Unlike Intelligent Design, self-organization can be subjected to the test of experiment. Few efforts have been made to explore this process, perhaps because complexity theory is new and scientists have been too devoted to the more traditional form of Darwinism. Yet I believe the concepts have considerable potential, particularly in the origin-of-life field, and I hope they will gain greater attention in the future. Questions of origins and evolution can then move out of the debating hall and into the laboratory, where they belong.
Department of Chemistry
PAUL H. RUBIN:
One reason for reading Commentary is that it supplies a rational, intellectual analysis of important issues. Therefore, it was surprising and dismaying to read David Berlinski's anti-intellectual attack on Darwinism, one of the great intellectual accomplishments of the human mind. . . .
"We never attribute the existence of a complex artifact to chance," says Mr. Berlinski. But evolution does not imply only chance. Mr. Berlinski makes it sound as if the alternatives were either chance or conscious direction; many systems, however, are complex and yet not planned. In my field of economics, for example, the entire structure of a market economy is neither designed nor planned. . . . Language itself, which Mr. Berlinski spends much time discussing, is not planned and yet is a highly complex artifact, and one which Stephen Pinker and others have shown to be a product of Darwinian processes.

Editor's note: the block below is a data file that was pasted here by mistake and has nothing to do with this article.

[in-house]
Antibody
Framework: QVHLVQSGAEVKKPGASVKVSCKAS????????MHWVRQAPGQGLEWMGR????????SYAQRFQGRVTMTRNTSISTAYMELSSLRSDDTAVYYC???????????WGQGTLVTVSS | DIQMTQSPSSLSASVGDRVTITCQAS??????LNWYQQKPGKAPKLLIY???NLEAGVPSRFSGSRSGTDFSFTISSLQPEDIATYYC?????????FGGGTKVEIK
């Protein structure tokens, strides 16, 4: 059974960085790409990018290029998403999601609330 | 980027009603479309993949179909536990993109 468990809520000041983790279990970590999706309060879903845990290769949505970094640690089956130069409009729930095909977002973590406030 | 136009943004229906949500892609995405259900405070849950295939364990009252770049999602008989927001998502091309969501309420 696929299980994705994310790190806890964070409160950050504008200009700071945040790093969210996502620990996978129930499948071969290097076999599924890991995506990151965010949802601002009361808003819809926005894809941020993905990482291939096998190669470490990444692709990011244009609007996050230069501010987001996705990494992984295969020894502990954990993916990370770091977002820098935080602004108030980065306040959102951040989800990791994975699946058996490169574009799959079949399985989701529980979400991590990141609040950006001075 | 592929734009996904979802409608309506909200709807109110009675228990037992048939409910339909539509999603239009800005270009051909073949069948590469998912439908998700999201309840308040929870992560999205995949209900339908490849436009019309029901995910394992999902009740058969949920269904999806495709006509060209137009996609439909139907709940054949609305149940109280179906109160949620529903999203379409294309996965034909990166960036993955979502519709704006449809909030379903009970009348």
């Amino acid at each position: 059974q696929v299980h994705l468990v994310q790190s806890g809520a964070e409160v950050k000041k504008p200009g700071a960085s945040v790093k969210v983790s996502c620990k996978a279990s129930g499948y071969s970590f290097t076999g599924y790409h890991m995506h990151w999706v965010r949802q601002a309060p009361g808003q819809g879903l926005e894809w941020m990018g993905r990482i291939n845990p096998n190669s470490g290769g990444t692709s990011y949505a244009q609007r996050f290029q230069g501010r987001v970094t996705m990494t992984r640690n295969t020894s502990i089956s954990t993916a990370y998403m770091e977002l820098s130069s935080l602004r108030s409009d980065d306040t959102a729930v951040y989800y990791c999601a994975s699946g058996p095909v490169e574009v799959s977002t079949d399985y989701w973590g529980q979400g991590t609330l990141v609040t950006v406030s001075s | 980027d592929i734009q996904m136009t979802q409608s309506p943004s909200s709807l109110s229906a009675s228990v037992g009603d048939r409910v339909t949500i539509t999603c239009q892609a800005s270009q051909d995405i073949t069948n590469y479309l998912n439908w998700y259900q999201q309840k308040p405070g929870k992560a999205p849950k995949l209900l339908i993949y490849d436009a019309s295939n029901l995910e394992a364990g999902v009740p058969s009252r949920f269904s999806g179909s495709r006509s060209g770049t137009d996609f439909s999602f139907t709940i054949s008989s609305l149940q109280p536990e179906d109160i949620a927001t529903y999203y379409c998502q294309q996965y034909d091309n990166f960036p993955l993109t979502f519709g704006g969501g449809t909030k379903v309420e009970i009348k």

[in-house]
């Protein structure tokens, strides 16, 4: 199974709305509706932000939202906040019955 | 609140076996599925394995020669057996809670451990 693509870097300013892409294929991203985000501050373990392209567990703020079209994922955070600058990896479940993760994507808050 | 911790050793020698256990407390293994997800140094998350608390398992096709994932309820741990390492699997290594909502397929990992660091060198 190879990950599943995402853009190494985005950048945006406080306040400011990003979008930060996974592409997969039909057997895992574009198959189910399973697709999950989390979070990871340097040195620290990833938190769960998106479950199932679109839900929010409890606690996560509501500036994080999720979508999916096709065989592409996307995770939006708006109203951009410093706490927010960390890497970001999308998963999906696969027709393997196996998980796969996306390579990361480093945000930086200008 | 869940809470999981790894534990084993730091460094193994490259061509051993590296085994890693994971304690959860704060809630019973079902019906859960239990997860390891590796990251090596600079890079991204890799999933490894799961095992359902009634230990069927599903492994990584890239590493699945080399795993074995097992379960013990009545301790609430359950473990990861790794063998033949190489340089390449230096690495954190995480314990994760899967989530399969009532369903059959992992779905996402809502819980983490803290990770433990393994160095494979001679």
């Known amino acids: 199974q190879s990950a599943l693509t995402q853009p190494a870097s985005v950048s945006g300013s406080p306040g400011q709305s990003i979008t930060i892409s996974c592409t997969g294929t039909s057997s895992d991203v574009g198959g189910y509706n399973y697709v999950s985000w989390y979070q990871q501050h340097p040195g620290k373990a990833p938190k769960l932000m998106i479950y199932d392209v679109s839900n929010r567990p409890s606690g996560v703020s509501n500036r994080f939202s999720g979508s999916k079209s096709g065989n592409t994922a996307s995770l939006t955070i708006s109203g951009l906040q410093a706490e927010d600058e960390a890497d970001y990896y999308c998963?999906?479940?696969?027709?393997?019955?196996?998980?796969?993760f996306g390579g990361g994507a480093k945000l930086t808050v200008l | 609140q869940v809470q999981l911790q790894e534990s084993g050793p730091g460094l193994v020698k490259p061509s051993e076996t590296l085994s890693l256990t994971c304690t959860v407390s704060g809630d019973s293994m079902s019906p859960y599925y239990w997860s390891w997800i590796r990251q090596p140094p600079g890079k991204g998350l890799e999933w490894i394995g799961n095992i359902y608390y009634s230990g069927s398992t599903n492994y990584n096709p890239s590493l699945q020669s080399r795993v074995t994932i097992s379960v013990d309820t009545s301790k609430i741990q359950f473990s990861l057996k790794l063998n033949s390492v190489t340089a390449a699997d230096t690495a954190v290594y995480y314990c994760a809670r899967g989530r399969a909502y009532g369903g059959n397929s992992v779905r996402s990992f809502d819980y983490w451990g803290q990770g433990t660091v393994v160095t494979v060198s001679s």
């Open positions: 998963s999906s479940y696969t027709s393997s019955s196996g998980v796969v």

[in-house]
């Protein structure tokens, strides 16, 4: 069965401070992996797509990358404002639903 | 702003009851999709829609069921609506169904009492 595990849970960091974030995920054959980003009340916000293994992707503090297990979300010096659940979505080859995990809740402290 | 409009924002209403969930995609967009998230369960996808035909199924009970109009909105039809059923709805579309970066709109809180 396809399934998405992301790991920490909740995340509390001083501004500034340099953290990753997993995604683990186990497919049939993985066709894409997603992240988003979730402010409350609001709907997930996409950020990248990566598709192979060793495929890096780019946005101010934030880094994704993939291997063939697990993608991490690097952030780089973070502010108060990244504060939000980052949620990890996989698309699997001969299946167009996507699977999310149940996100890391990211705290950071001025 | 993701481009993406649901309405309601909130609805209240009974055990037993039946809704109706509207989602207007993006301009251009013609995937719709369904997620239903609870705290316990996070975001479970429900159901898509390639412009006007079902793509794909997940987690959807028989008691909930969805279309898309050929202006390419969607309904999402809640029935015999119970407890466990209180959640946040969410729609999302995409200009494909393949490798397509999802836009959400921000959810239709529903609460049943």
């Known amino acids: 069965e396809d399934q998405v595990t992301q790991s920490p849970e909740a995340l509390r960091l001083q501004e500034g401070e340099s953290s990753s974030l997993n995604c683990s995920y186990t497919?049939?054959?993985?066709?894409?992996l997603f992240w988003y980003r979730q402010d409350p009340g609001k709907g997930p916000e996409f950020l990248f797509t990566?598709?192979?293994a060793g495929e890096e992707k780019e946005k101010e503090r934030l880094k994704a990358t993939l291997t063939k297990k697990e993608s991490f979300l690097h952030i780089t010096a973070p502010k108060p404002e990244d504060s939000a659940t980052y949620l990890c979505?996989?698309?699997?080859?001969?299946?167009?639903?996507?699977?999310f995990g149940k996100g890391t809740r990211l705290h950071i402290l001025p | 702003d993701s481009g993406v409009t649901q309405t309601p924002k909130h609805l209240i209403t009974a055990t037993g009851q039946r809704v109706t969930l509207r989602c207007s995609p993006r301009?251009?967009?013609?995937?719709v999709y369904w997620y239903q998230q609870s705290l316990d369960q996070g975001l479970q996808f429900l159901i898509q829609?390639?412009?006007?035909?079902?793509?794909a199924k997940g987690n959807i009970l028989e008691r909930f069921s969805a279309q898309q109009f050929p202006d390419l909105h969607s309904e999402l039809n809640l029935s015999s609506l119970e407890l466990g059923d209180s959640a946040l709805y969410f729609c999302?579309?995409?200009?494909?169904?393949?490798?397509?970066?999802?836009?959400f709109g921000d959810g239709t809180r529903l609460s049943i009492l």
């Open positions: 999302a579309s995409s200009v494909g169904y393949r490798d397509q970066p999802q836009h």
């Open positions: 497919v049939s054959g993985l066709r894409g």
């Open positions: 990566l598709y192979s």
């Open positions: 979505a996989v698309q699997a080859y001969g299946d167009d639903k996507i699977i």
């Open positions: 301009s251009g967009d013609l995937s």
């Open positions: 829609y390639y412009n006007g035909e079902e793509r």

Mr. Berlinski asks: "Could a system we do not completely understand be constructed by means of a process we cannot completely specify?" He answers, "we do not know." But it is not only evolutionary biology which presents this conundrum. All science is an attempt to explain systems we do not fully understand with processes we cannot completely specify. Unless we proceed as if the answer were yes, we cannot do science. . . .
Mr. Berlinski calls the human mind "conscious, flexible, penetrating, inscrutable, and profound." He is of course correct. But today we are at the threshold of truly understanding the source of this mind, as the new science of evolutionary biology is beginning to explain it. Indeed, it is particularly perverse to publish a critique of Darwinism just as its practitioners are beginning to use it to explain human behavior in a remarkable and truly profound way. . . .
JOHN M. LEVY: